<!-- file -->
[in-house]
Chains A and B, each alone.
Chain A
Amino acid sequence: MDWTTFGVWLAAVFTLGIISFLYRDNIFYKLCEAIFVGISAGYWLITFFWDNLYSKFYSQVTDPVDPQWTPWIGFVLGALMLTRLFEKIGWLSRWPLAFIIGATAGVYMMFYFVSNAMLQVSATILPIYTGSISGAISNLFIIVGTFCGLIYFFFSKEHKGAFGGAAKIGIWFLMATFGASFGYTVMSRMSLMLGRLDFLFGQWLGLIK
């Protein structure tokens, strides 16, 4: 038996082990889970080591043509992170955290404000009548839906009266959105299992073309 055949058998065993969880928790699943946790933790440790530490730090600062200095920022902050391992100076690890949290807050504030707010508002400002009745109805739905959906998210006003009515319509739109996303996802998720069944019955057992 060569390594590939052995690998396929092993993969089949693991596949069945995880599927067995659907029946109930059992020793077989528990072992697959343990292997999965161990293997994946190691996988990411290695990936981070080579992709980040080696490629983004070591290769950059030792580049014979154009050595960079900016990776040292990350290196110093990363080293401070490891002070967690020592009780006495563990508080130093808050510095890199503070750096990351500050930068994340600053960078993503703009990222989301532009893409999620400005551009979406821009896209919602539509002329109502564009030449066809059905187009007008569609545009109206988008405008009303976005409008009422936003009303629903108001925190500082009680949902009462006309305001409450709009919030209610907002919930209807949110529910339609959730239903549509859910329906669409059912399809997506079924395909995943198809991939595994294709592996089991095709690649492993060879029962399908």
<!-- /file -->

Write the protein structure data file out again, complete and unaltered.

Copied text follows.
[in-house]
Chains A and B, each alone.
Chain A
Amino acid sequence: MDWTTFGVWLAAVFTLGIISFLYRDNIFYKLCEAIFVGISAGYWLITFFWDNLYSKFYSQVTDPVDPQWTPWIGFVLGALMLTRLFEKIGWLSRWPLAFIIGATAGVYMMFYFVSNAMLQVSATILPIYTGSISGAISNLFIIVGTFCGLIYFFFSKEHKGAFGGAAKIGIWFLMATFGASFGYTVMSRMSLMLGRLDFLFGQWLGLIK
């Protein structure tokens, strides 16, 4: 038996082990889970080591043509992170955290404000009548839906009266959105299992073309 055949058998065993969880928790699943946790933790440790530490730090600062200095920022902050391992100076690890949290807050504030707010508002400002009745109805739905959906998210006003009515319509739109996303996802998720069944019955057992 060569390594590939052995690998396929092993993969089949693991596949069945995880599927067995659907029946109930059992020793077989528990072992697959343990292997999965161990293997994946190691996988990411290695990936981070080579992709980040080696490629983004070591290769950059030792580049014979154009050595960079900016990776040292990350290196110093990363080293401070490891002070967690020592009780006495563990508080130093808050510095890199503070750096990351500050930068994340600053960078993503703009990222989301532009893409999620400005551009979406821009896209919602539509002329109502564009030449066809059905187009007008569609545009109206988008405008009303976005409008009422936003009303629903108001925190500082009680949902009462006309305001409450709009919030209610907002919930209807949110529910339609959730239903549509859910329906669409059912399809997506079924395909995943198809991939595994294709592996089991095709690649492993060879029962399908």